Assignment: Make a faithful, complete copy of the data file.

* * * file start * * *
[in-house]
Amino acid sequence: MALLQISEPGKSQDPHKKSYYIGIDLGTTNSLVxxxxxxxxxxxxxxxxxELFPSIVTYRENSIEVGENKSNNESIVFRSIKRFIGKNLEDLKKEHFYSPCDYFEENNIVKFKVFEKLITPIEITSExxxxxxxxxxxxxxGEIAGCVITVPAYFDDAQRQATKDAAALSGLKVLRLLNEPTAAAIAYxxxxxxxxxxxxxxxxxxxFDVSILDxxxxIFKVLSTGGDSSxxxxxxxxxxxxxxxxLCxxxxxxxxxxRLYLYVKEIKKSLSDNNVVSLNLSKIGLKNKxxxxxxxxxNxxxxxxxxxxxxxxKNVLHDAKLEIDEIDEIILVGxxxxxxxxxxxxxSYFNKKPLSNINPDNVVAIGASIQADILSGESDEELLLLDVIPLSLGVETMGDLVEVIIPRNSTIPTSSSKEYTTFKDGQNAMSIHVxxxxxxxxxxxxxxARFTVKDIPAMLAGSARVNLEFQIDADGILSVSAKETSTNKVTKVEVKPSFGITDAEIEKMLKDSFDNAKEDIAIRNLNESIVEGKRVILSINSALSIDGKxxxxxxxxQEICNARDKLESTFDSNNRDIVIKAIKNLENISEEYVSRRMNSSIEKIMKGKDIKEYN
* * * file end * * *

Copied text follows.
[in-house]
Amino acid sequence: MALLQISEPGKSQDPHKKSYYIGIDLGTTNSLVxxxxxxxxxxxxxxxxxELFPSIVTYRENSIEVGENKSNNESIVFRSIKRFIGKNLEDLKKEHFYSPCDYFEENNIVKFKVFEKLITPIEITSExxxxxxxxxxxxxxGEIAGCVITVPAYFDDAQRQATKDAAALSGLKVLRLLNEPTAAAIAYxxxxxxxxxxxxxxxxxxxFDVSILDxxxxIFKVLSTGGDSSxxxxxxxxxxxxxxxxLCxxxxxxxxxxRLYLYVKEIKKSLSDNNVVSLNLSKIGLKNKxxxxxxxxxNxxxxxxxxxxxxxxKNVLHDAKLEIDEIDEIILVGxxxxxxxxxxxxxSYFNKKPLSNINPDNVVAIGASIQADILSGESDEELLLLDVIPLSLGVETMGDLVEVIIPRNSTIPTSSSKEYTTFKDGQNAMSIHVxxxxxxxxxxxxxxARFTVKDIPAMLAGSARVNLEFQIDADGILSVSAKETSTNKVTKVEVKPSFGITDAEIEKMLKDSFDNAKEDIAIRNLNESIVEGKRVILSINSALSIDGKxxxxxxxxQEICNARDKLESTFDSNNRDIVIKAIKNLENISEEYVSRRMNSSIEKIMKGKDIKEYN